{
                              try
                              {
                                  String rgbFile = cmyk2rgb(filename);
                                  System.out.println(isCMYK(rgbFile) + ": " + rgbFile);
                              }
                              catch (IOException e)
                              {
                                  System.out.println(e.getMessage());
                              }
                          }
                      }
                  }
              
                  /**
                   * If 'filename' is a CMYK file, then convert the image into RGB,
                   * store it into a JPEG file, and return the new filename.
                   *
                   * @param filename
                   */
                  private static String cmyk2rgb(String filename) throws IOException
                  {
                      // Change this format into any ImageIO supported format.
                      String format = "gif";
                      File imageFile = new File(filename);
                      String rgbFilename = filename;
                      BufferedImage image = ImageIO.read(imageFile);
                      if (image != null)
                      {
                          int colorSpaceType = image.getColorModel().getColorSpace().getType();
                          if (colorSpaceType == ColorSpace.TYPE_CMYK)
                          {
                              BufferedImage rgbImage =
                                  new BufferedImage(
                                      image.getWidth(), image.getHeight(), BufferedImage.TYPE_3BYTE_BGR);
                              ColorConvertOp op = new ColorConvertOp(null);
                              op.filter(image, rgbImage);
              
                              rgbFilename = changeExtension(imageFile.getName(), format);
                              rgbFilename = new File(imageFile.getParent(), format + "_" + rgbFilename).getPath();
                              ImageIO.write(rgbImage, format, new File(rgbFilename));
                          }
                      }
                      return rgbFilename;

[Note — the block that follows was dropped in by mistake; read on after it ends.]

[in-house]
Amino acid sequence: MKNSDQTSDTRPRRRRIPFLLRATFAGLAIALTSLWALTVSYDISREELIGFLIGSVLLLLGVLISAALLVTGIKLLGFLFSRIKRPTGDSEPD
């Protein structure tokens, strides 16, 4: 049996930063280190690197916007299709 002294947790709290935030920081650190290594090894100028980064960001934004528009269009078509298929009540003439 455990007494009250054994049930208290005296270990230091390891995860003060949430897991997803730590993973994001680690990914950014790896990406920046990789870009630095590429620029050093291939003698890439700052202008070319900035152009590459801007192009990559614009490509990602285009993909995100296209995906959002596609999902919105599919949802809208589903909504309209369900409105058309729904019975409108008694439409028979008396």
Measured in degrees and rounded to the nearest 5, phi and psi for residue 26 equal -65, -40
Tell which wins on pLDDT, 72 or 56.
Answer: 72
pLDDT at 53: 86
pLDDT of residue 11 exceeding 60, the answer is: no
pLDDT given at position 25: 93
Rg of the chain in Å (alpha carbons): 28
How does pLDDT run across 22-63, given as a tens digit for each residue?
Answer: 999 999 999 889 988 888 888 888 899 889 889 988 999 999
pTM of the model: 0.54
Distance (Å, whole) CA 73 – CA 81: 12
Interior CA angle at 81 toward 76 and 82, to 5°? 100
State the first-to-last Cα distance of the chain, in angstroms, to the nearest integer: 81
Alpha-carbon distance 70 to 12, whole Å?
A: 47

}
              
                  /**
                   * Change the extension of 'filename' to 'newExtension'.
                   *
                   * @param filename
                   * @param newExtension
                   * @return filename with new extension
                   */
                  private static String changeExtension(String filename, String newExtension)
                  {
                      String result = filename;
                      if (filename != null && newExtension != null && newExtension.length() != 0);
                      {
                          int dot = filename.lastIndexOf('.');
                          if (dot != -1)
                          {
                              result = filename.substring(0, dot) + '.' + newExtension;
                          }
                      }
                      return result;
                  }
              
                  private static boolean isCMYK(String filename)
                  {
                      boolean result = false;
                      BufferedImage img = null;
                      try
                      {
                          img = ImageIO.read(new File(filename));
                      }
                      catch (IOException e)
                      {
                          System.out.println(e.getMessage() + ": " + filename);
                      }
                      if (img != null)
                      {
                          int colorSpaceType = img.getColorModel().getColorSpace().getType();
                          result = colorSpaceType == ColorSpace.TYPE_CMYK;
                      }
              
                      return result;
                  }
              }
              Edited by: rjsteg on May 11, 2009 7:56 AM
              Removed a couple of unnecessary methods.
              • 4. Re: Testing if JPG uses CMYK ColorSpace or ColorModel
                843802
                I tried your code, but it still didn't work at identifying CMYK files until I also installed and began using the native DLL libraries.
                Right, I mentioned this.
                2) Using the CLibJPEGImageReader in JAI-ImageIO, the image is correctly read into a BufferedImage that uses a CMYK color space. The resulting BufferedImage is naturaly a BufferedImage.TYPE_CUSTOM.
                The CLibJPEGImageReader is the natively accelerated jpeg image reader that comes with installing JAI-ImageIO. Sorry I wasn't clear on that. When you install JAI-ImageIO it automatically overrides the one already present as the prefered jpeg image reader. So any existing code that uses ImageIO.read(...) will automitically start using it. The core java JPEGImageReader is still available, but as a second choice. There are some things that the CLibJPEGImageReader fail at that the JPEGImageReader succeeds at, and vise versa. Neither are perfect.
                The only other thing that someone else mentioned, that I also noticed is that the RGB images are sometimes much lighter than the CMYK images.
                You should consider filing a bug report. For the test case, you can draw the CMYK BufferedImage onto an RGB one and show that while very very slow, the colors are perfect. Then you show the same CMYK BufferedImage passed through a ColorConvertOp. While fast, the colors are lighter than they should be.
                • 5. Re: Testing if JPG uses CMYK ColorSpace or ColorModel
                  843802